If you are a worker, beware politicians who argue that workers’ compensation programs must be “reformed.” What they really meant to say, is that workers’ compensation programs must be cut. And those cuts will never benefit the workers who are injured.
In a state like Wisconsin, costs to employers for workers’ compensation insurance have declined during the 25 years from 1988 to 2014. The cost went from $2.59 per $100 of wages paid to $1.92, a drop of $0.67. And this drop is effectively even greater than it appears, because $100 of workers’ wages in 2014 had less value, due to the stagnation of workers income during that period and inflation.
And yet they want more.
And who really pays the price for all of these “savings?” Injured workers, who have suffered injuries at work, often due to the negligence of employers who are attempting to cut corners and skimp on safety.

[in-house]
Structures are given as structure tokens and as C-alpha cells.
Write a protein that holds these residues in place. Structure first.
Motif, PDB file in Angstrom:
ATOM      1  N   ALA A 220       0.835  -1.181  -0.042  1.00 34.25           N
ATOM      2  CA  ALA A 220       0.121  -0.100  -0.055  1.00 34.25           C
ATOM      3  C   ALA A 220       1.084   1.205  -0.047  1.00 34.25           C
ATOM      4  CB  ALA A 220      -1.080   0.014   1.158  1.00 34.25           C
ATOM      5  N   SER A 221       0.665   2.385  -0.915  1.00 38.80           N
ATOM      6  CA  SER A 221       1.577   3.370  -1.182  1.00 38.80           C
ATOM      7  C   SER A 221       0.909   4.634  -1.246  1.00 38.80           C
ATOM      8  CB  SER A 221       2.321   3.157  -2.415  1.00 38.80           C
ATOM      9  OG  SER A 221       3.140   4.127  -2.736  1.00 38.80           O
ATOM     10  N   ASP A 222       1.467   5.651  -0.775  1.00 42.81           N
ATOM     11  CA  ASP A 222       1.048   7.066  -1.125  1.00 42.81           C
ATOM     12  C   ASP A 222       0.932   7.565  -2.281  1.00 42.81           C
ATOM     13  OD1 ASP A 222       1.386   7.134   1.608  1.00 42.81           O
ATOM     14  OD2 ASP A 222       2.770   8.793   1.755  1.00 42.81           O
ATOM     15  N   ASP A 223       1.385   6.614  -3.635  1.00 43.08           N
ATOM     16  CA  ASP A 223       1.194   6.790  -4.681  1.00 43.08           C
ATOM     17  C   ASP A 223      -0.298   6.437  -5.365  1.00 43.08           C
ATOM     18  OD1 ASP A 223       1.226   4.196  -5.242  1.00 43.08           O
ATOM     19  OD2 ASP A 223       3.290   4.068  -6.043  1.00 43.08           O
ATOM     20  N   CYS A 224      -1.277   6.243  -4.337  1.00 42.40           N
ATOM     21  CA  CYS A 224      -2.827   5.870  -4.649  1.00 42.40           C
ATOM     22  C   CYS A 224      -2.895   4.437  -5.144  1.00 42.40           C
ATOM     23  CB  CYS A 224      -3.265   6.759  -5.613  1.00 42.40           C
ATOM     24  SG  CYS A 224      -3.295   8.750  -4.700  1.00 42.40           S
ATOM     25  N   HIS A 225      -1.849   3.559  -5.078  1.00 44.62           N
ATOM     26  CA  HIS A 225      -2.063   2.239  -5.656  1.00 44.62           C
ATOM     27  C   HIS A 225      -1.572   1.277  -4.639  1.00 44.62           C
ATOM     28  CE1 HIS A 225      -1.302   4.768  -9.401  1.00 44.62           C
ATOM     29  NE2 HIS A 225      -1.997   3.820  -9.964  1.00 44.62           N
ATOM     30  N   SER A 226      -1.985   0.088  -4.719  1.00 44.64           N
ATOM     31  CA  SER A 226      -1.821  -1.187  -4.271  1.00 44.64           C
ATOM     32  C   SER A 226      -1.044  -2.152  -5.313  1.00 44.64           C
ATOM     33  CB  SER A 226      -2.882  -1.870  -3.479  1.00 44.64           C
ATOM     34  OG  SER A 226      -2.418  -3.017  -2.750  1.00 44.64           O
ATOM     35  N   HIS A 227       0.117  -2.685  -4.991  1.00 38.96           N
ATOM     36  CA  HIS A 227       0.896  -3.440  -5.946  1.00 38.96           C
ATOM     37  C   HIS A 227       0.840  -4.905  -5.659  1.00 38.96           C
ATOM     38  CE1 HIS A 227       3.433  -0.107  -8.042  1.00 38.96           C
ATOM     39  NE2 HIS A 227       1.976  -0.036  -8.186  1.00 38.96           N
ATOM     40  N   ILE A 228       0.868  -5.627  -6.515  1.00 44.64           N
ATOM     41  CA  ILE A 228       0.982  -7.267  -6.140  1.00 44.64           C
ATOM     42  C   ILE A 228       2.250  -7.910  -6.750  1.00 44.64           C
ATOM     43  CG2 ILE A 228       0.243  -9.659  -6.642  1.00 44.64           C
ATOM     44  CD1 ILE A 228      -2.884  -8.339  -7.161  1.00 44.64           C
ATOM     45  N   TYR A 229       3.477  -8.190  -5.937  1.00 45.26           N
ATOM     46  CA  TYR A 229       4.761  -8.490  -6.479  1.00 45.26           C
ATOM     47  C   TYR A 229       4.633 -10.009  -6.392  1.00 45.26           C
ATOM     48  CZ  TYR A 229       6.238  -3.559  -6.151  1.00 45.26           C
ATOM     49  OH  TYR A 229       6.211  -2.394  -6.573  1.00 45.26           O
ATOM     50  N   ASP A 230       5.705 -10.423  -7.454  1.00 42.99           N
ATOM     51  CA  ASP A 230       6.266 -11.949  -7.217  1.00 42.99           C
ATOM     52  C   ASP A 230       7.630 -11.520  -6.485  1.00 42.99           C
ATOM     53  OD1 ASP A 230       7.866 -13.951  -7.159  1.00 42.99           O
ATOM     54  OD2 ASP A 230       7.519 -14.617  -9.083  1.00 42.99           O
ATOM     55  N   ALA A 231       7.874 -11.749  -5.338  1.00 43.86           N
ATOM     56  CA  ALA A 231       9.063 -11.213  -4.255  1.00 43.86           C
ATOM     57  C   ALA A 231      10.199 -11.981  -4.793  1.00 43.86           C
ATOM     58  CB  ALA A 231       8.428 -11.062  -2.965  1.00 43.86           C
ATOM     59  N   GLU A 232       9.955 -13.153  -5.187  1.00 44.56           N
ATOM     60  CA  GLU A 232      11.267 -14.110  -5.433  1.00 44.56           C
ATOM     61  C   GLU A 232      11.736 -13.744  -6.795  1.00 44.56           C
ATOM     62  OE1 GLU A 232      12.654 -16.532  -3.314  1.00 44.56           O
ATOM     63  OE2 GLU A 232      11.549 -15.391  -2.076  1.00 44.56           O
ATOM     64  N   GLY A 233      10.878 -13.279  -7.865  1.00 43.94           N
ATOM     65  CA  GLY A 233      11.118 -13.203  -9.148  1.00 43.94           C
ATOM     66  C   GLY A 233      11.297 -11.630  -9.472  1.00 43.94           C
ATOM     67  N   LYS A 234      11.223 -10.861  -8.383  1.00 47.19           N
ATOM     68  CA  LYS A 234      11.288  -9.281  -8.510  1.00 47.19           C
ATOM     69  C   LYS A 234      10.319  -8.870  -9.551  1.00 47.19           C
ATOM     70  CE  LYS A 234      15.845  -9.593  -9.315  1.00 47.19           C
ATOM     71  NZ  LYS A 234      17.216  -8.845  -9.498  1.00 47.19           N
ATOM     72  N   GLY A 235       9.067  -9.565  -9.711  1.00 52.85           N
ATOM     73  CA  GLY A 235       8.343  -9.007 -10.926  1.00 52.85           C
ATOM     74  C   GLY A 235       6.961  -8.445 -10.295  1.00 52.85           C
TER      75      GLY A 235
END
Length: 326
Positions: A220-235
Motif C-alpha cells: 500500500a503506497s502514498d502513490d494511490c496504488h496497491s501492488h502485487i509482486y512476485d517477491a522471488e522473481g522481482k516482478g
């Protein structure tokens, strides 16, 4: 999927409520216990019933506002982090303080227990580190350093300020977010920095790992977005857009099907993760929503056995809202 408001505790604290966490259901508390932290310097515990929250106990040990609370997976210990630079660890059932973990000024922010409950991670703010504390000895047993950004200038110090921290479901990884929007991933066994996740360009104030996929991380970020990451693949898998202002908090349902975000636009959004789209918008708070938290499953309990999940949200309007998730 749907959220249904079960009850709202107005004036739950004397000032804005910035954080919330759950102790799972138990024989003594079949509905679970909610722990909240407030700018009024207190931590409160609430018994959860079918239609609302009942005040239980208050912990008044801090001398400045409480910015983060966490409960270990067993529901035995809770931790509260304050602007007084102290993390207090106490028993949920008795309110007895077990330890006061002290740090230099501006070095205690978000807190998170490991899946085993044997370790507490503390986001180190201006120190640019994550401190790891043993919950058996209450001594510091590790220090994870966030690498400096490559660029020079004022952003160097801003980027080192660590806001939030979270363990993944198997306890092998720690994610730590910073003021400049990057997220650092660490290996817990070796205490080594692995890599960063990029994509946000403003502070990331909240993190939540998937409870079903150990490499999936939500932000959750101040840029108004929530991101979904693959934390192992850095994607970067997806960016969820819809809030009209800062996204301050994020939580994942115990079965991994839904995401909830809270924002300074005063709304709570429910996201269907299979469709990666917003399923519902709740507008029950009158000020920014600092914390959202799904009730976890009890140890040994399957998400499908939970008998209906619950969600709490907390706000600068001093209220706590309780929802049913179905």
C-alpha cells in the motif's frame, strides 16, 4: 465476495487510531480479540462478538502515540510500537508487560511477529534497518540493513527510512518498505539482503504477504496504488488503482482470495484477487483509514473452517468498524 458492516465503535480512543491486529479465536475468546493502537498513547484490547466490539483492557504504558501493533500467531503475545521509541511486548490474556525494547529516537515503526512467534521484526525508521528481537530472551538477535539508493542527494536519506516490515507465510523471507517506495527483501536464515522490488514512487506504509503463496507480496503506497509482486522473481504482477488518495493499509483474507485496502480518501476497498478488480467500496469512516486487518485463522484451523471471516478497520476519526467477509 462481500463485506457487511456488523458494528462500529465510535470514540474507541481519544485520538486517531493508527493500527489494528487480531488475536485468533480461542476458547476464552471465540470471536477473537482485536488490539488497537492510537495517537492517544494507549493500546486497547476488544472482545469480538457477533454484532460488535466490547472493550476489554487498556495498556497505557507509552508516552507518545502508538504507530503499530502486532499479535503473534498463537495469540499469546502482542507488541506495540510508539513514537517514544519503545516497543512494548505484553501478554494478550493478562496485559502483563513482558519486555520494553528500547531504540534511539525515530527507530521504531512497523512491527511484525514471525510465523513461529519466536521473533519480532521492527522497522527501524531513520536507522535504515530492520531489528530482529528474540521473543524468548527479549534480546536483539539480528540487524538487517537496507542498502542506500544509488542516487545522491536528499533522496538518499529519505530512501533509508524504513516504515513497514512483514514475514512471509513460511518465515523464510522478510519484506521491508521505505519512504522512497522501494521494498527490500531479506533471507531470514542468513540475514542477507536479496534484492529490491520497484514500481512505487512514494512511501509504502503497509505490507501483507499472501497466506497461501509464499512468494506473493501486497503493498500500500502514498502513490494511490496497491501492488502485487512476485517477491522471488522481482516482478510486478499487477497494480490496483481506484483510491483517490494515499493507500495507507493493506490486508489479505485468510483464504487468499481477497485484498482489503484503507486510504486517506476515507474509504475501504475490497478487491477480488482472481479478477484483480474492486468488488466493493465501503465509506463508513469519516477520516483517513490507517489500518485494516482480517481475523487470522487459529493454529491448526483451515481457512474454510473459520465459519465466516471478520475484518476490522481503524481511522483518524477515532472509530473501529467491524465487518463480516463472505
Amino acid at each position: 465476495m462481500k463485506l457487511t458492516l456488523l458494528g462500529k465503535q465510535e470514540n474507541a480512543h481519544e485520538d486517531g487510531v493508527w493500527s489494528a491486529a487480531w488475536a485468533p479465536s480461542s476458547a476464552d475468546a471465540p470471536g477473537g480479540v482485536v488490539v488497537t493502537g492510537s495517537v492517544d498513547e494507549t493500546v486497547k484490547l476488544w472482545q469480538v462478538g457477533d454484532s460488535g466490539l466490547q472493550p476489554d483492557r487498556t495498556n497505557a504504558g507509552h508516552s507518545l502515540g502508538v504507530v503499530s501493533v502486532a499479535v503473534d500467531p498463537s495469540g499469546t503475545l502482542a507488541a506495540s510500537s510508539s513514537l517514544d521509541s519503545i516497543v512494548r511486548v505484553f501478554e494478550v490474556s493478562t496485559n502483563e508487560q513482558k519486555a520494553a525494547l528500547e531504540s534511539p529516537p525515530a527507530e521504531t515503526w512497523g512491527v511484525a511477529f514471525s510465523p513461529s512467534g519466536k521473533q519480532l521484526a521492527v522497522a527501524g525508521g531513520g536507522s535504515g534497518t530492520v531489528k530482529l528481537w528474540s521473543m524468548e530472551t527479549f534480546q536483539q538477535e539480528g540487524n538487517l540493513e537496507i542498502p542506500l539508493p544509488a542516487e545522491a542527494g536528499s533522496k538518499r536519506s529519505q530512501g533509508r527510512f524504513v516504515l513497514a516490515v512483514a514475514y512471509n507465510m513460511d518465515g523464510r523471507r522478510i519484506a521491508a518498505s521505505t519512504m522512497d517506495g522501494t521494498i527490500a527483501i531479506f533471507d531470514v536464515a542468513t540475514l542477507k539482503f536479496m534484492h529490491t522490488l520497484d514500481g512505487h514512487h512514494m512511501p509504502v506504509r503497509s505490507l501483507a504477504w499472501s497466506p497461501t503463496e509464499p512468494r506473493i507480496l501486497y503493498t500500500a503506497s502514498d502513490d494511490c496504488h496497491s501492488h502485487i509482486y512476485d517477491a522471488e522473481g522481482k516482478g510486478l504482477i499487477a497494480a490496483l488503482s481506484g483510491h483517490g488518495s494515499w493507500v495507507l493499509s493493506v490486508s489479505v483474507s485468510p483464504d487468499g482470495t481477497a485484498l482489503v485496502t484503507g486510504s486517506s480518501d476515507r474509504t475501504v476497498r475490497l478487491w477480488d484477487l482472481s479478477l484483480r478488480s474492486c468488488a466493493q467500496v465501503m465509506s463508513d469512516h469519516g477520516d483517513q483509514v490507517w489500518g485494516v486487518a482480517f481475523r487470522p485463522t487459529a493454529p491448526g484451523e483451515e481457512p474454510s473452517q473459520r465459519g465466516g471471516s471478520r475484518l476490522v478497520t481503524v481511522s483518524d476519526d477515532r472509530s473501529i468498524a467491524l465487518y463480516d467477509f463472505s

The greatest cuts affect those most severely injured. For those workers are left to cope with their life-long injuries as wells as a bleak financial future, where they have lost the ability to work and earn income.
What happens to a worker who is left disabled, out of work and with inadequate or exhausted workers’ compensation benefits? Often it is the government where they must turn. In many states, it means the federal government, as many states have cut assistance programs.
It is ironic that many of those who complain of the growth of the Social Security Disability (SSD) Insurance program fail to realize that deteriorating worker safety protections, workers’ compensation and healthcare programs have probably led to more workers who are left with no other options but to apply for SSD.
Source: propublica.org, “The Demolition of Workers’ Comp,” Michael Grabell, ProPublica, and Howard Berkes, NPR, March 4, 2015